To determine the dose of input H-1PV virus capable of inducing significant cytopathic effects, all the cell lines were infected with increasing doses of wild-type H-1PV (ranging from 0.01 to 50 PFU per cell). Three days after H-1PV infection, cytopathic effects were visible in all four Ewing sarcoma cell lines. These effects became more obvious over time, as documented on day five after infection (Figure 3).
Virus-induced effects on cell viability were quantified by measuring the activity of mitochondrial metabolism in MTT tests. Dose-dependent cytostatic effects were demonstrated in all four cell lines and are shown for CADO-ES and MHH-ES (Figure 4A, left column). Simultaneously, the capacity of the virus to lyse Ewing sarcoma cells was quantified in LDH-release assays (Figure 4B, right columns). On the basis of these data the LD50 of H-1PV was determined for each cell line and found to vary from 0.01 PFU to 5 PFU per cell (Table 1).
Three of the four EWS cell lines tested grow as fibroblast-like adherent cultures and could thus be used for real-time proliferation measurements with the xCelligence instrument. The CADO-ES cell line could not be analyzed by this method because of its semi-adherent growth. For MHH-ES, SK-ES-1, and TC-71 cells, virus dose-response graphs were established with high statistical reliability (R > 0.9), indicating an ED50 of input virus between 0.1 and 1 PFU per cell (Figure 5 and Table 2).

3.4. Ewings’s Sarcoma Cells Efficently Replicate H-1PV

Full permissiveness to a viral infection includes the capacity of the virus to replicate in the host cell. To test the ability of H-1PV to produce infectious viral progeny in Ewing sarcoma cells, a time-course experiment was performed. The viral DNA content and the titer of fully infectious viral particles in the cell culture medium were determined at the indicated time points after infection for each of the four Ewing sarcoma cell lines. After infection with H-1PV at MOI = 1 PFU/cell, viral genome copy titers were determined by real-time PCR in the supernatants of infected cells. A titer increase was taken as indirect evidence of successful replication of viral DNA. The observation period was 120 h. After 72 h, the viral genome titers of the supernatants reached a plateau and did not increase further. MHH-ES cells showed the lowest viral DNA replication capacity: only a 10-fold increase in viral genomes was observed. In CADO-ES, SK-ES-1, and TC-71 cells, in contrast, the number of genome copies in the supernatant increased by two log steps (Figure 6, left panel). In the same time-course experiment, titers of infectious particles were determined by titration on NBK-324K cells. The increase in the titer of fully infectious viral particles in the supernatant was taken as a measure of the efficiency of production of fully infectious viral progeny by the Ewing sarcoma cells. The observed increase ranged from 10-fold in MHH-ES cells to 50-fold in TC-71 cells and 100-fold in CADO-ES and SK-ES-1 cells. In conclusion, efficient virus replication, correlating with infectious particle production, was demonstrated in all four Ewing sarcoma cell lines.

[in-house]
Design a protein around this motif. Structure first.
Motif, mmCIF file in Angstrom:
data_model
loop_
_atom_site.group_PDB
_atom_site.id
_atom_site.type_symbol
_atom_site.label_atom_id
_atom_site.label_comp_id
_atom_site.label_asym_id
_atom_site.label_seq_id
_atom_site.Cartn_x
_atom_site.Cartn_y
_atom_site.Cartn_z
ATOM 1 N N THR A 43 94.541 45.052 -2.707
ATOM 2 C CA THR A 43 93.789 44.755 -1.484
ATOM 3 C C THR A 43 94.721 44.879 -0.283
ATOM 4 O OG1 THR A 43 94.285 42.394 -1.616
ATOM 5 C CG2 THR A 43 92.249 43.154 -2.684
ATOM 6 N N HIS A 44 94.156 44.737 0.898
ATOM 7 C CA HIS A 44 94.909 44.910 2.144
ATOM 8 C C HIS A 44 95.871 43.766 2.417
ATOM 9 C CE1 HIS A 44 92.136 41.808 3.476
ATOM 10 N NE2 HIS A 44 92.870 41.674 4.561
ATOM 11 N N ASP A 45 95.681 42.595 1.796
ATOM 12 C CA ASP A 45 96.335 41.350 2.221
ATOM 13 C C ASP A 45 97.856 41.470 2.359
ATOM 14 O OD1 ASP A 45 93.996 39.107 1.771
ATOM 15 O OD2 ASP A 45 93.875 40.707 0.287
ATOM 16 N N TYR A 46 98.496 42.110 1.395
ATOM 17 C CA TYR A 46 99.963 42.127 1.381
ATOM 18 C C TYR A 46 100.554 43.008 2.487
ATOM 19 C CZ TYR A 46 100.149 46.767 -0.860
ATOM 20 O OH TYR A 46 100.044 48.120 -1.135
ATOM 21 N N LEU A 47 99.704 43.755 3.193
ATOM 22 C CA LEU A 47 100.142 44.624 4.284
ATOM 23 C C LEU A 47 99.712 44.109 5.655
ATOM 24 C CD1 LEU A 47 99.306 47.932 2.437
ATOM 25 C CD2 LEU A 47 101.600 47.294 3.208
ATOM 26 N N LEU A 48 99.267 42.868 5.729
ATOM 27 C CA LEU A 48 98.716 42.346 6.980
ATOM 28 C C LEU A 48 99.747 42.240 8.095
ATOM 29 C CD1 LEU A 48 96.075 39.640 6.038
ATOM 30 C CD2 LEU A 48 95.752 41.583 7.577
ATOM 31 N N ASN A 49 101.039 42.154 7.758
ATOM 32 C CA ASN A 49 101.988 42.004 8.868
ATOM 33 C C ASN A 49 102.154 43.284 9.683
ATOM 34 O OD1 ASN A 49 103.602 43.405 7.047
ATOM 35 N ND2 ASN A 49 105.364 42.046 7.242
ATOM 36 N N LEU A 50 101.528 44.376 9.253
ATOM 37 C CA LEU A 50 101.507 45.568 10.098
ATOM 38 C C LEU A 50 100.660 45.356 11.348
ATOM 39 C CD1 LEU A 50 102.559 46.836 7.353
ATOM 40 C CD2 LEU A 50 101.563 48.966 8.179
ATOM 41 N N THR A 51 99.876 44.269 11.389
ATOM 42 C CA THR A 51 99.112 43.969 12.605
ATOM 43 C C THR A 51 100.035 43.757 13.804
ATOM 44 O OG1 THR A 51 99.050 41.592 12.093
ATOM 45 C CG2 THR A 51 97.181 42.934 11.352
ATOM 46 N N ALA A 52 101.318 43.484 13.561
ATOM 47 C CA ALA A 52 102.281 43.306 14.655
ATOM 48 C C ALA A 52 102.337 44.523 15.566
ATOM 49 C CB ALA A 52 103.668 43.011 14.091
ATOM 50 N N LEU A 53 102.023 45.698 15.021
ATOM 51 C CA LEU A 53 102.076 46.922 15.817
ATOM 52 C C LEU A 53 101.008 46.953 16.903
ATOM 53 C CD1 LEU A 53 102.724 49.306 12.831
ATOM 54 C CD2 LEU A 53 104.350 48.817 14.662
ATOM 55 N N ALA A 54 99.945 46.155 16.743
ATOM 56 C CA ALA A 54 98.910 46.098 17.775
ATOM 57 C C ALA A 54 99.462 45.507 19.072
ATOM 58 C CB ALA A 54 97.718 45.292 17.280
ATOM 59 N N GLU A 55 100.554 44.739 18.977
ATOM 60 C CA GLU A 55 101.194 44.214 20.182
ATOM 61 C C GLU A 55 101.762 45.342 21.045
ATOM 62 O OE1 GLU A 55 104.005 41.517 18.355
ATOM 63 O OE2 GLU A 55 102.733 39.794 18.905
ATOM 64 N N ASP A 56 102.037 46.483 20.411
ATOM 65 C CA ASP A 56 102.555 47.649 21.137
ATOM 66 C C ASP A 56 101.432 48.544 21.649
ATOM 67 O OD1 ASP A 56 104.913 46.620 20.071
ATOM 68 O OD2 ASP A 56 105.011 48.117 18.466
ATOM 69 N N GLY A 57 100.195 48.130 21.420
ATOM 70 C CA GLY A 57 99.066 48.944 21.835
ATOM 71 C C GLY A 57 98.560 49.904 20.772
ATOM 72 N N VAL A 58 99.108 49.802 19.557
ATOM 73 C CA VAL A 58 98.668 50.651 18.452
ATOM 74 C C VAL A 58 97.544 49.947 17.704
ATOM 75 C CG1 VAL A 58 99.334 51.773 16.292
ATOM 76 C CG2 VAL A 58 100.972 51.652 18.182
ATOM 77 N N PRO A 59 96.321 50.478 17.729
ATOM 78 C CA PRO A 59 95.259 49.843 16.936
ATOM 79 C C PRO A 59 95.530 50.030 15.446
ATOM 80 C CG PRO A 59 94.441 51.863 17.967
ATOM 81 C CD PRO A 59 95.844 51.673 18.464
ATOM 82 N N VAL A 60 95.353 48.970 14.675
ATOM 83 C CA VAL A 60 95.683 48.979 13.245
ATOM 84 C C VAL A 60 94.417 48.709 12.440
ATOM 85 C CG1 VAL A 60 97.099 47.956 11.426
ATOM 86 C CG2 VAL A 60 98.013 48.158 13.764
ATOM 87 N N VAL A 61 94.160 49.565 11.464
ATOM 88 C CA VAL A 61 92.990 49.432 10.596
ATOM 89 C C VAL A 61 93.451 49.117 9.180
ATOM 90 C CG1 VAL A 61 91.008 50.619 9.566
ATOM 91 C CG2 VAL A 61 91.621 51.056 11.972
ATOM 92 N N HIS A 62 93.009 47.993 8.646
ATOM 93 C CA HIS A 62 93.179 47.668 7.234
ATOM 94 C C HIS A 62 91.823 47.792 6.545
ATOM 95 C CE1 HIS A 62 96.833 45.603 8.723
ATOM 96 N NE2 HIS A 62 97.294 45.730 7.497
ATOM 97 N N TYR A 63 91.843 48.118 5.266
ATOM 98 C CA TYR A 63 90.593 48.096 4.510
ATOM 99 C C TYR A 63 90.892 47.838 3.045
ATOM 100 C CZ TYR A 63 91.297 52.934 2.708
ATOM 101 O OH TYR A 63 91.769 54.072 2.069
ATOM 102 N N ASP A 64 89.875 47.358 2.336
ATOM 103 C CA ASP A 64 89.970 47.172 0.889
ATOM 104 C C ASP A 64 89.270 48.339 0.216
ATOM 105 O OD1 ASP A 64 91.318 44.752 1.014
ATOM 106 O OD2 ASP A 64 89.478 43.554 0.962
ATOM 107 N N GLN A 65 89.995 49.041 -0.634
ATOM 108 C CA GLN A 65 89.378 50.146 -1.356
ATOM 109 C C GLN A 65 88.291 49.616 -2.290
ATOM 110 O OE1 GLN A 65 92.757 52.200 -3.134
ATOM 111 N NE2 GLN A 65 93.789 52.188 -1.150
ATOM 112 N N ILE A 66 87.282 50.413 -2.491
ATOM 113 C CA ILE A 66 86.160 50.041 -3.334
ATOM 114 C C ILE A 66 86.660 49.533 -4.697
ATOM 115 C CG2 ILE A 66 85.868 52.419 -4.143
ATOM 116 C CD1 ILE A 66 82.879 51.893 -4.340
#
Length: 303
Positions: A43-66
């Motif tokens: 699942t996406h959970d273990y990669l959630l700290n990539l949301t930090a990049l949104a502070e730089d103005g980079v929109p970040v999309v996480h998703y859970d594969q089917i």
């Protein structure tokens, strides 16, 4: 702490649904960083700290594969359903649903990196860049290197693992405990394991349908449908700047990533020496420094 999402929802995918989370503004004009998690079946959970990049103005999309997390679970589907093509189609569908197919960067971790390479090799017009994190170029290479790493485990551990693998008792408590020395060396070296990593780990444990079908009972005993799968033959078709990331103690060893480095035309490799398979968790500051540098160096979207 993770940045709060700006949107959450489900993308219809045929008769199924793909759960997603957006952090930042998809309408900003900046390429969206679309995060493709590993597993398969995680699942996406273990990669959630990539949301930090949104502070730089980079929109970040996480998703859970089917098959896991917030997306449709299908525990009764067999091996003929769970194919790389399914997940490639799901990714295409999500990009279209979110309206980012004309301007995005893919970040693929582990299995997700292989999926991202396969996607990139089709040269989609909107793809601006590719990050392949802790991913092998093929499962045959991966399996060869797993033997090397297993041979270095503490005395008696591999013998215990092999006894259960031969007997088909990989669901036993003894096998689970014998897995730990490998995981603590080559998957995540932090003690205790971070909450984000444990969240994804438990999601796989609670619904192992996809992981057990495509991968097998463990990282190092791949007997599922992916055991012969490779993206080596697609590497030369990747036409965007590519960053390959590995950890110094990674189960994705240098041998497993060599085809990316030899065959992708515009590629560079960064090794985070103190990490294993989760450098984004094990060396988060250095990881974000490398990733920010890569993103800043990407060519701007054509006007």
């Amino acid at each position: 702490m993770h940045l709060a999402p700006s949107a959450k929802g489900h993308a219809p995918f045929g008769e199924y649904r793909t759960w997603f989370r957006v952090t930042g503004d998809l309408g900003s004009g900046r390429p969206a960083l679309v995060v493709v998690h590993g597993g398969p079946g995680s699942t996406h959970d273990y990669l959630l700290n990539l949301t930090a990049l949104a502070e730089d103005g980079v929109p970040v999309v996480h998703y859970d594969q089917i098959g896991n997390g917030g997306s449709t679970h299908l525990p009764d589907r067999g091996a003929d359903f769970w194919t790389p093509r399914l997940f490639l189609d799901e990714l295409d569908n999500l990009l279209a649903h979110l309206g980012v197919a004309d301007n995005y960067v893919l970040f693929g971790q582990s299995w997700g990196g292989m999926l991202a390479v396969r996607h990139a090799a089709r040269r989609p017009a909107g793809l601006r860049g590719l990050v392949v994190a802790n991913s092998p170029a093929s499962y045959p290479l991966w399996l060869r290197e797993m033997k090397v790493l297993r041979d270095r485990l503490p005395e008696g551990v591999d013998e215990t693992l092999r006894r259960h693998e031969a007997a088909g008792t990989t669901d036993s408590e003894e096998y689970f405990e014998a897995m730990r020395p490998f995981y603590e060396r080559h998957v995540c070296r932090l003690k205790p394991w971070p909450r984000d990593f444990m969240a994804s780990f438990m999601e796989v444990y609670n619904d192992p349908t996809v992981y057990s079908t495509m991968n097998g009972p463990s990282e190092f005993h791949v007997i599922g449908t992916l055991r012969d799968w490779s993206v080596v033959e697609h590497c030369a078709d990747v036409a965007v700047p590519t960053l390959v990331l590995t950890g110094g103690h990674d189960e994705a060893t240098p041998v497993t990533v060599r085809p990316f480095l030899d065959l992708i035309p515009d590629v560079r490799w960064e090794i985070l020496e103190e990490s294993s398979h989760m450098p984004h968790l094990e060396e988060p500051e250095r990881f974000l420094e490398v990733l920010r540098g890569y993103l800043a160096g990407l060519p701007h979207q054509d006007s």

3.5. Intratumoral Infection with H-1PV Represses Human Ewing Sarcoma Cell Proliferation in a Xenograft Mouse Model but Fails to Improve Survival